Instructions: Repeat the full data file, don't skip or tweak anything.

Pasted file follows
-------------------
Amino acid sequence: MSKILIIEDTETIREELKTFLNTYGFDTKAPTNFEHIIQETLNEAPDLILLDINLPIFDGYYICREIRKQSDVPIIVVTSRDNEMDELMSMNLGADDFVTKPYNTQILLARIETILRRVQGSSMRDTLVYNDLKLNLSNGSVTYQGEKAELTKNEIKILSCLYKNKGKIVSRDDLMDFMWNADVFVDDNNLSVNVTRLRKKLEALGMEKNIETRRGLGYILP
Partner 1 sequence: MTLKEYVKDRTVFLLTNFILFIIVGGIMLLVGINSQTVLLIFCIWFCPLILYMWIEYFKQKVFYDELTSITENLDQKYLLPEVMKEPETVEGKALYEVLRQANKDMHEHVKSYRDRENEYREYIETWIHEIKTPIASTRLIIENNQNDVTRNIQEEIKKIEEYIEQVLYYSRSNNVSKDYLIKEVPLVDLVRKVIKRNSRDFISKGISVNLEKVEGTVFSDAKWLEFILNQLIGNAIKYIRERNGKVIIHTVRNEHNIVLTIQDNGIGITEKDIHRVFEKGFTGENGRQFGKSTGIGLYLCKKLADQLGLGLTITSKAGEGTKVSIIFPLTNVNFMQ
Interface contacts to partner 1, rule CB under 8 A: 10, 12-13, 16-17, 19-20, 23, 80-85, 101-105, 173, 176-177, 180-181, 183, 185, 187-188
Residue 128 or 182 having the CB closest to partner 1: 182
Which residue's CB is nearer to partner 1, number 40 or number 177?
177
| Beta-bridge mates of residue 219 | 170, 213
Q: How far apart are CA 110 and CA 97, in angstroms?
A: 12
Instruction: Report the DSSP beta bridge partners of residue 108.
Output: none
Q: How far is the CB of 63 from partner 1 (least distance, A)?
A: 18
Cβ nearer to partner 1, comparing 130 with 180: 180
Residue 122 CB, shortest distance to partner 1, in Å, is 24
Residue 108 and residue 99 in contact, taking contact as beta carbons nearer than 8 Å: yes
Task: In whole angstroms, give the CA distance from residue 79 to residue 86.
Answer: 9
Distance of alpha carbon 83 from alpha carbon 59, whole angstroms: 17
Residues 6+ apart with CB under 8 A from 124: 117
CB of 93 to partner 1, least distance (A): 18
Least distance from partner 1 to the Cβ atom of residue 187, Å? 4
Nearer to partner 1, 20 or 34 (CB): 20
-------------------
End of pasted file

Amino acid sequence: MSKILIIEDTETIREELKTFLNTYGFDTKAPTNFEHIIQETLNEAPDLILLDINLPIFDGYYICREIRKQSDVPIIVVTSRDNEMDELMSMNLGADDFVTKPYNTQILLARIETILRRVQGSSMRDTLVYNDLKLNLSNGSVTYQGEKAELTKNEIKILSCLYKNKGKIVSRDDLMDFMWNADVFVDDNNLSVNVTRLRKKLEALGMEKNIETRRGLGYILP
Partner 1 sequence: MTLKEYVKDRTVFLLTNFILFIIVGGIMLLVGINSQTVLLIFCIWFCPLILYMWIEYFKQKVFYDELTSITENLDQKYLLPEVMKEPETVEGKALYEVLRQANKDMHEHVKSYRDRENEYREYIETWIHEIKTPIASTRLIIENNQNDVTRNIQEEIKKIEEYIEQVLYYSRSNNVSKDYLIKEVPLVDLVRKVIKRNSRDFISKGISVNLEKVEGTVFSDAKWLEFILNQLIGNAIKYIRERNGKVIIHTVRNEHNIVLTIQDNGIGITEKDIHRVFEKGFTGENGRQFGKSTGIGLYLCKKLADQLGLGLTITSKAGEGTKVSIIFPLTNVNFMQ
Interface contacts to partner 1, rule CB under 8 A: 10, 12-13, 16-17, 19-20, 23, 80-85, 101-105, 173, 176-177, 180-181, 183, 185, 187-188
Residue 128 or 182 having the CB closest to partner 1: 182
Which residue's CB is nearer to partner 1, number 40 or number 177?
177
| Beta-bridge mates of residue 219 | 170, 213
Q: How far apart are CA 110 and CA 97, in angstroms?
A: 12
Instruction: Report the DSSP beta bridge partners of residue 108.
Output: none
Q: How far is the CB of 63 from partner 1 (least distance, A)?
A: 18
Cβ nearer to partner 1, comparing 130 with 180: 180
Residue 122 CB, shortest distance to partner 1, in Å, is 24
Residue 108 and residue 99 in contact, taking contact as beta carbons nearer than 8 Å: yes
Task: In whole angstroms, give the CA distance from residue 79 to residue 86.
Answer: 9
Distance of alpha carbon 83 from alpha carbon 59, whole angstroms: 17
Residues 6+ apart with CB under 8 A from 124: 117
CB of 93 to partner 1, least distance (A): 18
Least distance from partner 1 to the Cβ atom of residue 187, Å? 4
Nearer to partner 1, 20 or 34 (CB): 20